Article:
Some of your options may include mediation, arbitration, and collaborative divorce. The right fit will depend on your circumstances and the extent to which you and your spouse may be able to work together to resolve your legal, financial, and familial problems.

    The Legal Process of a Contested Divorce in Florida

    In Florida, a contested divorce involves several steps and can be complex. Here's a general overview:

    1. Filing a Petition for Dissolution of Marriage: One spouse (the petitioner) files a petition for divorce in the circuit court where they live. The petition outlines the grounds for divorce (Florida is a no-fault divorce state), requests for division of assets, child custody, support, etc.
    2. Service of Process: The other spouse (the respondent) must be served with a copy of the petition and related documents. This can be done by a process server or through certified mail with return receipt requested.
    3. Response: The respondent has a certain period to respond to the petition, usually 20-30 days after being served. They can agree or disagree with the terms outlined in the petition.
    4. Discovery: Both parties gather information about each other’s finances, assets, and liabilities through various methods such as requests for production of documents, interrogatories (written questions), and depositions.
    5. Mediation: Florida courts generally require mediation before a contested divorce goes to trial. A neutral mediator helps both parties negotiate and try to reach an agreement on issues like child custody, support, and division of assets.
    6. Pre-Trial Conference: If mediation fails, the court may schedule a pre-trial conference to clarify the issues, streamline the case, and possibly encourage a settlement.
    7. Trial: If the parties still can't reach an agreement, the case goes to trial. Both sides present their arguments, evidence, and witnesses to the judge. The judge then decides on unresolved issues like property division, alimony, child custody, and support.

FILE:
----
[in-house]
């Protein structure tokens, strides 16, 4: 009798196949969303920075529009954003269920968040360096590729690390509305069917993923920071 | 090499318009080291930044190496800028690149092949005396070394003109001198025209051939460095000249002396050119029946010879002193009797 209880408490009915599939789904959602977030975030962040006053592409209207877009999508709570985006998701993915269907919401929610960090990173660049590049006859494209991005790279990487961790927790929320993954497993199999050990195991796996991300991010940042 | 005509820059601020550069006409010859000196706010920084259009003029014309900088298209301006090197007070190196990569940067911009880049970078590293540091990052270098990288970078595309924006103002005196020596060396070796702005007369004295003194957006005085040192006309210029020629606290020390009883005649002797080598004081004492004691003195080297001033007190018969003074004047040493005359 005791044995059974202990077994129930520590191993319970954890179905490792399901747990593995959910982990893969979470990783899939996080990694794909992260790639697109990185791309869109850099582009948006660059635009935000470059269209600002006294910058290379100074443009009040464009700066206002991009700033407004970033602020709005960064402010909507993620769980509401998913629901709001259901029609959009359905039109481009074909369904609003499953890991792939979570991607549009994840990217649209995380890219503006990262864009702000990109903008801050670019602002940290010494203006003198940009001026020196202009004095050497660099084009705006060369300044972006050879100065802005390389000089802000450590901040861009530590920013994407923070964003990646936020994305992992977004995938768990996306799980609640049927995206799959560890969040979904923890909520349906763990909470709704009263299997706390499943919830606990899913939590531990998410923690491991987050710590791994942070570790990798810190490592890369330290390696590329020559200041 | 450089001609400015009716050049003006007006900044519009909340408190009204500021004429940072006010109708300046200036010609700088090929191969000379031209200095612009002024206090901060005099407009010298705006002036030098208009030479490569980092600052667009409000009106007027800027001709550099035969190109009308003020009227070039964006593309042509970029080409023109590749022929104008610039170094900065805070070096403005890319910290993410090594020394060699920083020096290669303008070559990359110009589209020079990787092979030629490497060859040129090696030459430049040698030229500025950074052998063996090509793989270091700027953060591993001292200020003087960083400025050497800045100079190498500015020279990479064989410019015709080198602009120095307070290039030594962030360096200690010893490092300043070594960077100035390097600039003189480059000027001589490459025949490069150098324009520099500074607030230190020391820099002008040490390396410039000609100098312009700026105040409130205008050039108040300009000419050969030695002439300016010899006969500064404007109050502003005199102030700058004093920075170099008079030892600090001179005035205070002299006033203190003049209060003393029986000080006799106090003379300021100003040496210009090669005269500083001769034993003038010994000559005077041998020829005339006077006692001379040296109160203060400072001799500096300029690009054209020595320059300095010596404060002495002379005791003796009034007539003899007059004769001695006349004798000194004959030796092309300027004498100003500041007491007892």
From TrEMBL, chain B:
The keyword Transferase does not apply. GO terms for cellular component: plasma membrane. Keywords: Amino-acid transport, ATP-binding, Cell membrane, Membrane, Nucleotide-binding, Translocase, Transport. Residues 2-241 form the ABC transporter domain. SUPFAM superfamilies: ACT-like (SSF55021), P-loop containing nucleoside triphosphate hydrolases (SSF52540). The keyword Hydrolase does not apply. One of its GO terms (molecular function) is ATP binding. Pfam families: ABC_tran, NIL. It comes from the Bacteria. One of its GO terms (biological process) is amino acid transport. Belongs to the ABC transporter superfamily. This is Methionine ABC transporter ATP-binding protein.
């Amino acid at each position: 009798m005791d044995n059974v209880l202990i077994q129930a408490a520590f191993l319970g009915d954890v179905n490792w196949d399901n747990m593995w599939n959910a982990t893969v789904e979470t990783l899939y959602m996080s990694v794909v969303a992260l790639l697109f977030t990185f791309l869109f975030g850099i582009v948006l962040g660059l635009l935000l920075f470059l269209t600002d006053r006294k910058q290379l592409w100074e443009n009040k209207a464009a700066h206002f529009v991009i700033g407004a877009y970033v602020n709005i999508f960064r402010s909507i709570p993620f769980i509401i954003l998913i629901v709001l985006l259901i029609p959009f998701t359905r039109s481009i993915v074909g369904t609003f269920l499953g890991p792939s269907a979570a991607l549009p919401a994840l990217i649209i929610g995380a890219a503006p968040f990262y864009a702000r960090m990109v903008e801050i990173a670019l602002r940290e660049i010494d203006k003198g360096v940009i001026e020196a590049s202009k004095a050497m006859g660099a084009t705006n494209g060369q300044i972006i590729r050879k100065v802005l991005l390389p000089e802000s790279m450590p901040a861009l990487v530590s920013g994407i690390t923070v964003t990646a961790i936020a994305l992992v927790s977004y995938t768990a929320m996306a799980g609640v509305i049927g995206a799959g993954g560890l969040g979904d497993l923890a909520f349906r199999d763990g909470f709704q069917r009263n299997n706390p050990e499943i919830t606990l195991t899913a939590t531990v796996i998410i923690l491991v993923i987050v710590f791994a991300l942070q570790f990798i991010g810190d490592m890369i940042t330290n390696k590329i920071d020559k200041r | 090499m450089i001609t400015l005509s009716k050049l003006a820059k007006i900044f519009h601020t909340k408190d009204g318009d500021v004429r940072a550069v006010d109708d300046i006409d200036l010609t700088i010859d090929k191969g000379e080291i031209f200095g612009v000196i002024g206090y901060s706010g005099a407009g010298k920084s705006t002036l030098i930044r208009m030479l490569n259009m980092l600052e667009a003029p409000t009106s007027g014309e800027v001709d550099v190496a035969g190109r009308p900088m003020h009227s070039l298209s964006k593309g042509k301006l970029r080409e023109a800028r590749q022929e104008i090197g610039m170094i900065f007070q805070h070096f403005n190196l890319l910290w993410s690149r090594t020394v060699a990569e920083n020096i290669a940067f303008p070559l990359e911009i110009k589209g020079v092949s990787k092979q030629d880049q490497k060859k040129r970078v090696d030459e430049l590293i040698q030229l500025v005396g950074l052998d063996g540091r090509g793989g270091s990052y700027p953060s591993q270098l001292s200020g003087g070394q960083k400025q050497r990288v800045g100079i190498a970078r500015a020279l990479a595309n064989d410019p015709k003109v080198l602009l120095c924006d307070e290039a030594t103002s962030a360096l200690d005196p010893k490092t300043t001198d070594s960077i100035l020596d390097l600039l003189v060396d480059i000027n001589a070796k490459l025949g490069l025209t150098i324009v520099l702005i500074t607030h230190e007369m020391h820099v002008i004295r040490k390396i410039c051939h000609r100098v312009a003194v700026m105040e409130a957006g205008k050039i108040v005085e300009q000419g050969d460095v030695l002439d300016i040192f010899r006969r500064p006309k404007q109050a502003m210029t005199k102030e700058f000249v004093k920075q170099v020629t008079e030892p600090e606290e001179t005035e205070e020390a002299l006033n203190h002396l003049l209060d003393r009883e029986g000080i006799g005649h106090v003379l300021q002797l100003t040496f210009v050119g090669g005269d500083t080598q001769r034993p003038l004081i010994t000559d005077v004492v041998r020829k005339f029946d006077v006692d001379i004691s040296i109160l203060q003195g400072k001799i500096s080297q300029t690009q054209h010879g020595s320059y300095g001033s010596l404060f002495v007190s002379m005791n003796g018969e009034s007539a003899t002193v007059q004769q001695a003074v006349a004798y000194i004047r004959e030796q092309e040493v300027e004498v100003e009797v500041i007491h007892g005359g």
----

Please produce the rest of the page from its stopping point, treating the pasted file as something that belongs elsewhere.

8. Final Judgment: After the trial, the judge issues a final judgment of dissolution of marriage, detailing the terms of the divorce.
    9. Post-Judgment Motions and Appeals: Either party may file post-judgment motions or appeals if they believe legal errors were made during the trial.
    10. Implementation: Once the final judgment is issued and any waiting periods have passed, both parties must implement the terms outlined in the judgment, such as property division, payment of support, or custody arrangements.

    It's crucial to note that each divorce case is unique, and the specifics can vary based on the circumstances. Additionally, legal proceedings can be time-consuming and emotionally challenging, so seeking legal counsel is highly recommended to navigate the process effectively.

    Going Through a Conflict-Ridden Divorce? You’re Going to Need Help. Call 800-822-5170 Today!

    At The Virga Law Firm, P.A., we believe in using our varying experience to your advantage and our knowledge to help you get through divorce as quickly and efficiently as possible. Our Orlando divorce attorneys can help you work toward the type of settlement you want and ensure your best interests are protected throughout your divorce.

    Schedule your initial case evaluation with a member of our team today and make us your advocates.

    • “I will definitely be recommending to anyone I know that needs a child custody or divorce attorney!” - A Divorce Client
    • “If you are looking for an attorney who is professional, honest, knowledgeable and responsive to your needs, Gerard Virga meets such requirements.” - A Divorce Client
    • “He responded to my messages promptly and I never felt rushed when speaking with him in meetings and phone conversations.” - A Divorce Client